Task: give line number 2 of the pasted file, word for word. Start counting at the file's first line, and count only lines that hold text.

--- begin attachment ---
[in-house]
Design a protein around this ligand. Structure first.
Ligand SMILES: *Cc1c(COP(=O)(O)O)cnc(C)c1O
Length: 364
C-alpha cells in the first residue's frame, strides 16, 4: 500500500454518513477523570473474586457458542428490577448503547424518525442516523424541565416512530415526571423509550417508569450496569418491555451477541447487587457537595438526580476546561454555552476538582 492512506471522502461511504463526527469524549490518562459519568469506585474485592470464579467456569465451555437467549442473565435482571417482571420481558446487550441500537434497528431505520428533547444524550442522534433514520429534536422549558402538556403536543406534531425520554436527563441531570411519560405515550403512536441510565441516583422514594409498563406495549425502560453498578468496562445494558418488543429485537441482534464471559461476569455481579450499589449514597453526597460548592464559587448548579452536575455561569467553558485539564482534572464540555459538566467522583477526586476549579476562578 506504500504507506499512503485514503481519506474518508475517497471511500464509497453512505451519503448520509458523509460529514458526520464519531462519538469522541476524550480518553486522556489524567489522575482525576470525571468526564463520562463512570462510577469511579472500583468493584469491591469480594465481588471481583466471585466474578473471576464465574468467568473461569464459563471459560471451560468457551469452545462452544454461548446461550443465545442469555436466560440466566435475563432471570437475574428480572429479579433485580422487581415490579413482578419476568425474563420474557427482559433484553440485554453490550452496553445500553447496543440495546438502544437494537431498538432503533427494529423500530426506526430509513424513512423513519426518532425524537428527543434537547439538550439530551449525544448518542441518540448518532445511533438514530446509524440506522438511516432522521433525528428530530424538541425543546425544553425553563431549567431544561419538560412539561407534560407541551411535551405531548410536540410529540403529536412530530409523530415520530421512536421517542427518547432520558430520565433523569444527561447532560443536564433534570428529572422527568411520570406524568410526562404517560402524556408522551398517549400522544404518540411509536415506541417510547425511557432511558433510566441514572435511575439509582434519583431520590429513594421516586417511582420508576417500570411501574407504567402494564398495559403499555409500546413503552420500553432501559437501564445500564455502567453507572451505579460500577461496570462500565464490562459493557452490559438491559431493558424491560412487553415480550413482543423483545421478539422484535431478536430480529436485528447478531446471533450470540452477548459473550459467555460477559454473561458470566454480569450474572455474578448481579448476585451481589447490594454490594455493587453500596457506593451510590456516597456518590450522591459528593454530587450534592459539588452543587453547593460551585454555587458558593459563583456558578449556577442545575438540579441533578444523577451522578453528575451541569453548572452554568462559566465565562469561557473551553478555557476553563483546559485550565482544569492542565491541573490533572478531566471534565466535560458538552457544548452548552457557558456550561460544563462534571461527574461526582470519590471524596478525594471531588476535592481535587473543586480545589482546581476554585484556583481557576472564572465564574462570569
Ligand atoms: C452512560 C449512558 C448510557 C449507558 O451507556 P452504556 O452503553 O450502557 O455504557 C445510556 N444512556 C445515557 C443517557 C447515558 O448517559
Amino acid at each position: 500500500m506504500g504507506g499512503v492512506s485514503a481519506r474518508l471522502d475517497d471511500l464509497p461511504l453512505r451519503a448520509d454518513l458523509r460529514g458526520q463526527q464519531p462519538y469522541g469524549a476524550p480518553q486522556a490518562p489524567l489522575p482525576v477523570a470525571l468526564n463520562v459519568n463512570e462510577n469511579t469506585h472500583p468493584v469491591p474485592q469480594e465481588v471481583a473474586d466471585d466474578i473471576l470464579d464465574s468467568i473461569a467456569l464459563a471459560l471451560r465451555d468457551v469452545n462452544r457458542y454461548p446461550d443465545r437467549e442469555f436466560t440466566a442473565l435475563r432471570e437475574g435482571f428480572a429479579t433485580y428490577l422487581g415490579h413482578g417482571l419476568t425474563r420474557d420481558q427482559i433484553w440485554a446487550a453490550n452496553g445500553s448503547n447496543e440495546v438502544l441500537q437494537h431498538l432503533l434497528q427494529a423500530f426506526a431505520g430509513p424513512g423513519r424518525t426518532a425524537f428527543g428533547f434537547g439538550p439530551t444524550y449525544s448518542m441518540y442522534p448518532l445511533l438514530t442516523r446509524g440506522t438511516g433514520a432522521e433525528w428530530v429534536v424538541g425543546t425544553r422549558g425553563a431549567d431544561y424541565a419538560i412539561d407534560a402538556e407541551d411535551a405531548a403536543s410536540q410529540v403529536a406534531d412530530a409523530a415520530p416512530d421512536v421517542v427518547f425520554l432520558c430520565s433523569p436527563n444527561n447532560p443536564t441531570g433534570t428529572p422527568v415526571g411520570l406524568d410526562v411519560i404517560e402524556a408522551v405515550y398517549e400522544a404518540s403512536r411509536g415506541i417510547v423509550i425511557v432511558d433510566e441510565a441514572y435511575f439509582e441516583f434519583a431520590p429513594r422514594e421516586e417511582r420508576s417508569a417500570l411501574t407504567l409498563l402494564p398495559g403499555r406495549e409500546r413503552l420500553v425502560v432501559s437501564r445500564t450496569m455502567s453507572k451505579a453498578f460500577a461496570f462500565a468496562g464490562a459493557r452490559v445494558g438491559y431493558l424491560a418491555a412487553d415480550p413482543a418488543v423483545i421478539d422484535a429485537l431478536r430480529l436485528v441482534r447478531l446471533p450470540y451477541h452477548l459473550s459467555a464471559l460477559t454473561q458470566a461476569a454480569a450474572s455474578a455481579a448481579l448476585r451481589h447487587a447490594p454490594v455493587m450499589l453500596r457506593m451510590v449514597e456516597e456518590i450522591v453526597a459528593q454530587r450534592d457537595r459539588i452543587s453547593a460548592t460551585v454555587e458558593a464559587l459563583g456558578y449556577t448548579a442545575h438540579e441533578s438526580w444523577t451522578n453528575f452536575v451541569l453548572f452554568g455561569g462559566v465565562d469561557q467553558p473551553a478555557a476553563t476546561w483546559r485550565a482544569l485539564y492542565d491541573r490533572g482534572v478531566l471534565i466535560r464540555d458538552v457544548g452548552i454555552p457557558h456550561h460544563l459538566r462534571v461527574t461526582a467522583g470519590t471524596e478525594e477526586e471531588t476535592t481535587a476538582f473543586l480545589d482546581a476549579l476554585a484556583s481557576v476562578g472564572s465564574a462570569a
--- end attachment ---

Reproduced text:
Design a protein around this ligand. Structure first.